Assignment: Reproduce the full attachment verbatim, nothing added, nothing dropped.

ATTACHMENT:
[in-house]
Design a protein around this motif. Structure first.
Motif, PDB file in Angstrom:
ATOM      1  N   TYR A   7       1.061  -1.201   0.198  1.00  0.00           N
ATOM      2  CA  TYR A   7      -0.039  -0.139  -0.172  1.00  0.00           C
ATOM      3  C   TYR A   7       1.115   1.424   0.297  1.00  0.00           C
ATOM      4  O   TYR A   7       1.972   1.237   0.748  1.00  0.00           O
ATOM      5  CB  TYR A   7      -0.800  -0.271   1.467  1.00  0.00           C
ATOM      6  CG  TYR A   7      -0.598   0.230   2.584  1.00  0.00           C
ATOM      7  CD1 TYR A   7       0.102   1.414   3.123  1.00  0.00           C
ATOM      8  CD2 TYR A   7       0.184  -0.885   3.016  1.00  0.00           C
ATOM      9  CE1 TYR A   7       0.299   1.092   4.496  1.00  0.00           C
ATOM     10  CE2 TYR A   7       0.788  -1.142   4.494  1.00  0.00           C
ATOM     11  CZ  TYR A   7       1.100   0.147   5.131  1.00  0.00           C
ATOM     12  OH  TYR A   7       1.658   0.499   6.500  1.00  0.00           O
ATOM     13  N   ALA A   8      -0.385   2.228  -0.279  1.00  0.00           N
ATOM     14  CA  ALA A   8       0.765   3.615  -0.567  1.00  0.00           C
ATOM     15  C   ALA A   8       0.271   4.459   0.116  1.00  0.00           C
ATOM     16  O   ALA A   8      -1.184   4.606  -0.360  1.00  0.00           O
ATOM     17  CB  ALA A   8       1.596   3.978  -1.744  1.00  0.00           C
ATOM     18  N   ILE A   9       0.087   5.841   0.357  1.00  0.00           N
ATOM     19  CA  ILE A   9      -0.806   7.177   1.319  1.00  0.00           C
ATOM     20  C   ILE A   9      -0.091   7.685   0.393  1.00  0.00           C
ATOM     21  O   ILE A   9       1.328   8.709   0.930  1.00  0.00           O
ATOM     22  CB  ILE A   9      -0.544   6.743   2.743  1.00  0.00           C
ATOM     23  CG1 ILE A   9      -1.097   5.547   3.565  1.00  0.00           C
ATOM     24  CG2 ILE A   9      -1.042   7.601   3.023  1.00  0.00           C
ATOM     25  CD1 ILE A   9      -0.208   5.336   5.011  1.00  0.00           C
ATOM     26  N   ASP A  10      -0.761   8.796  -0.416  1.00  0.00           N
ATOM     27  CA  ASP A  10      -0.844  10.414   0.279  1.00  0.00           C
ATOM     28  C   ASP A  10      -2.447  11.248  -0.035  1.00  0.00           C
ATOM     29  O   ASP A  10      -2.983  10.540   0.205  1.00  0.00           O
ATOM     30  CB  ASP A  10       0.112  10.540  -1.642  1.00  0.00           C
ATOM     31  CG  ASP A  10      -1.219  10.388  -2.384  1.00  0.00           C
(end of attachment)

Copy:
[in-house]
Design a protein around this motif. Structure first.
Motif, PDB file in Angstrom:
ATOM      1  N   TYR A   7       1.061  -1.201   0.198  1.00  0.00           N
ATOM      2  CA  TYR A   7      -0.039  -0.139  -0.172  1.00  0.00           C
ATOM      3  C   TYR A   7       1.115   1.424   0.297  1.00  0.00           C
ATOM      4  O   TYR A   7       1.972   1.237   0.748  1.00  0.00           O
ATOM      5  CB  TYR A   7      -0.800  -0.271   1.467  1.00  0.00           C
ATOM      6  CG  TYR A   7      -0.598   0.230   2.584  1.00  0.00           C
ATOM      7  CD1 TYR A   7       0.102   1.414   3.123  1.00  0.00           C
ATOM      8  CD2 TYR A   7       0.184  -0.885   3.016  1.00  0.00           C
ATOM      9  CE1 TYR A   7       0.299   1.092   4.496  1.00  0.00           C
ATOM     10  CE2 TYR A   7       0.788  -1.142   4.494  1.00  0.00           C
ATOM     11  CZ  TYR A   7       1.100   0.147   5.131  1.00  0.00           C
ATOM     12  OH  TYR A   7       1.658   0.499   6.500  1.00  0.00           O
ATOM     13  N   ALA A   8      -0.385   2.228  -0.279  1.00  0.00           N
ATOM     14  CA  ALA A   8       0.765   3.615  -0.567  1.00  0.00           C
ATOM     15  C   ALA A   8       0.271   4.459   0.116  1.00  0.00           C
ATOM     16  O   ALA A   8      -1.184   4.606  -0.360  1.00  0.00           O
ATOM     17  CB  ALA A   8       1.596   3.978  -1.744  1.00  0.00           C
ATOM     18  N   ILE A   9       0.087   5.841   0.357  1.00  0.00           N
ATOM     19  CA  ILE A   9      -0.806   7.177   1.319  1.00  0.00           C
ATOM     20  C   ILE A   9      -0.091   7.685   0.393  1.00  0.00           C
ATOM     21  O   ILE A   9       1.328   8.709   0.930  1.00  0.00           O
ATOM     22  CB  ILE A   9      -0.544   6.743   2.743  1.00  0.00           C
ATOM     23  CG1 ILE A   9      -1.097   5.547   3.565  1.00  0.00           C
ATOM     24  CG2 ILE A   9      -1.042   7.601   3.023  1.00  0.00           C
ATOM     25  CD1 ILE A   9      -0.208   5.336   5.011  1.00  0.00           C
ATOM     26  N   ASP A  10      -0.761   8.796  -0.416  1.00  0.00           N
ATOM     27  CA  ASP A  10      -0.844  10.414   0.279  1.00  0.00           C
ATOM     28  C   ASP A  10      -2.447  11.248  -0.035  1.00  0.00           C
ATOM     29  O   ASP A  10      -2.983  10.540   0.205  1.00  0.00           O
ATOM     30  CB  ASP A  10       0.112  10.540  -1.642  1.00  0.00           C
ATOM     31  CG  ASP A  10      -1.219  10.388  -2.384  1.00  0.00           C